How to Create a Budget

Knowing how to create a budget is important, even essential, for financial success. However, it’s not often taught in high school or even college. Many people begin married life with no concept of balancing the budget, or sticking to a spending plan.

How to Make a Budget presents the basic steps involved in budgeting your money. Rather than repeat the whole article, I’ll simply summarize the steps:

1. Create a list of all set expenses and estimates for groceries, gas and personal.

2. Tally your income, from all sources.

3. Compare the two numbers. If you earn more than you have listed under expenses, allocate the “extra” for savings, investing, and charity. If you have more expenses than income, trim your expenses (or increase income–fast!)

4. Hold a weekly budget meeting with yourself (or your spouse if married) and stay accountable to your spending plan.

As the saying goes … if you fail to plan, you plan to fail. Cliche? Maybe, but with finances as with many other things, it’s true.

Tuesday’s Tips: Reducing Utility Bills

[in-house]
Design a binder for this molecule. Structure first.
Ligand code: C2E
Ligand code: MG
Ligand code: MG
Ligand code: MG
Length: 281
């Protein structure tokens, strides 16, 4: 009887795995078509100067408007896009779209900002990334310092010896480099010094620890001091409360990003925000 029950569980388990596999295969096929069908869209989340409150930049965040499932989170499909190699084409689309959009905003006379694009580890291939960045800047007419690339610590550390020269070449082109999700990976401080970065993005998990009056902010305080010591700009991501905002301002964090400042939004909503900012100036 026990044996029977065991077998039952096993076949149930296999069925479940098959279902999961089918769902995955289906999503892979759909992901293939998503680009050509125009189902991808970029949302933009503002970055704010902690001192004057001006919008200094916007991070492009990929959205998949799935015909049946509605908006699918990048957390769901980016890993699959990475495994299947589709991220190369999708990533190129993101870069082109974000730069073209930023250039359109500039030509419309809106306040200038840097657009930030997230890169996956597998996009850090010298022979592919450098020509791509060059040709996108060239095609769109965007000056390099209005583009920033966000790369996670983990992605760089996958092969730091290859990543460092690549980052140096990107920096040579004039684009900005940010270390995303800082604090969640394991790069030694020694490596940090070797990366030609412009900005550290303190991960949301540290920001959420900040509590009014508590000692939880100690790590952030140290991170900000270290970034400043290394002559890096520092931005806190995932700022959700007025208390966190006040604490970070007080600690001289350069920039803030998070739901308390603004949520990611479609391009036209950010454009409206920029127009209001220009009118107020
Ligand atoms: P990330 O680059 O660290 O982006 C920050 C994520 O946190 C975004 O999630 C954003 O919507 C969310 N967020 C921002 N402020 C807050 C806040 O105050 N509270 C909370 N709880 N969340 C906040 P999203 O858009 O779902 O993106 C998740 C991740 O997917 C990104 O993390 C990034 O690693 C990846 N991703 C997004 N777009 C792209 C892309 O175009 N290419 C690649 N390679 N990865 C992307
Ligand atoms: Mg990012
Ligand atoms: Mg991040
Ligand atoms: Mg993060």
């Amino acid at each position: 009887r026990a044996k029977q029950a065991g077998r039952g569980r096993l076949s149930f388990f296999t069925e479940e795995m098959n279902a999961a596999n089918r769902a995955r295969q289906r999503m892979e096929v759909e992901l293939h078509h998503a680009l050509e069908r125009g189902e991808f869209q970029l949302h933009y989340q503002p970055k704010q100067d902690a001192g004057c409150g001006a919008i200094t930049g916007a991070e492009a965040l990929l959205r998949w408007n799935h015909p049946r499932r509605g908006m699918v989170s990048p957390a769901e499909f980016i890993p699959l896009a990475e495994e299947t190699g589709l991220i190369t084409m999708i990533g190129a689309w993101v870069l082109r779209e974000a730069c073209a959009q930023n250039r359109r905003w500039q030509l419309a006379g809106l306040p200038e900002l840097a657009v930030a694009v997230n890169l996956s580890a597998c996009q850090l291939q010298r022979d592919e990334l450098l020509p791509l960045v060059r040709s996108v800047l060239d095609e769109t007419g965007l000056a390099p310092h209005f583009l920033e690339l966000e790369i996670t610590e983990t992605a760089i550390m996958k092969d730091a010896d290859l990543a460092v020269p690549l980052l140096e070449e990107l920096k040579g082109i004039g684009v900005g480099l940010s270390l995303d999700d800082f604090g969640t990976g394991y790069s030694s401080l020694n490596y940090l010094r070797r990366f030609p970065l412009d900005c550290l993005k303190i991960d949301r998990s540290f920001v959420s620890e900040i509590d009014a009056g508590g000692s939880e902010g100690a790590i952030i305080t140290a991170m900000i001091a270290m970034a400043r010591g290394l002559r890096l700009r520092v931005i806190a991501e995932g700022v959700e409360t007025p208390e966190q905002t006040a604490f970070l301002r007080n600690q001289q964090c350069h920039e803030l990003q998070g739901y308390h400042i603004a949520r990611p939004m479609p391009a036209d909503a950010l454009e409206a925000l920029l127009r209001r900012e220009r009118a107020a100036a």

Since the money you get paid for working probably is not going up anytime soon, and if you do get lucky and find a better job or get a raise it probably will not be enough to compensate for the rising cost of living; this week’s tips are on how to reduce utility costs.

  1. Lower the thermostat on your water heater. 120 degrees is safe.  Any higher and you risk burning yourself, and raising your electric bill.  The savings may or may not be noticeable if this is the only technique you employ; but it will make a difference over the course of time.
  2. Keep your indoor temperature regulated. This way the heating or cooling is only running when needed, as opposed to all the time.  78-80 degrees is an ideal setting for comfort and energy conservation.  For each degree warmer you keep your home, you save 7-10% on your energy bills.
  3. Use efficient light bulbs. Use appropriate wattages, or switch to the compact fluorescent bulbs
  4. Grill or Microwave your meals. This uses less electricity, prevents the house from warming up excessively in the summer, and reduces your overall cook time.  Save money on energy and eat sooner?  Win-Win, if you ask me.
  5. Evaluate your Telephone, Television and Internet costs. Make sure you are not paying for services you do not use regularly.  Consider reducing your packages.
  6. Make sure your home is properly insulated and check weather stripping. You do not want to let your air out, and outdoor air in, regardless of the season.  Ensuring windows and doors are properly sealed increases your efficiency.
  7. Limit the time you spend in the shower. The more water you use, the more you spend, so keep it reasonable.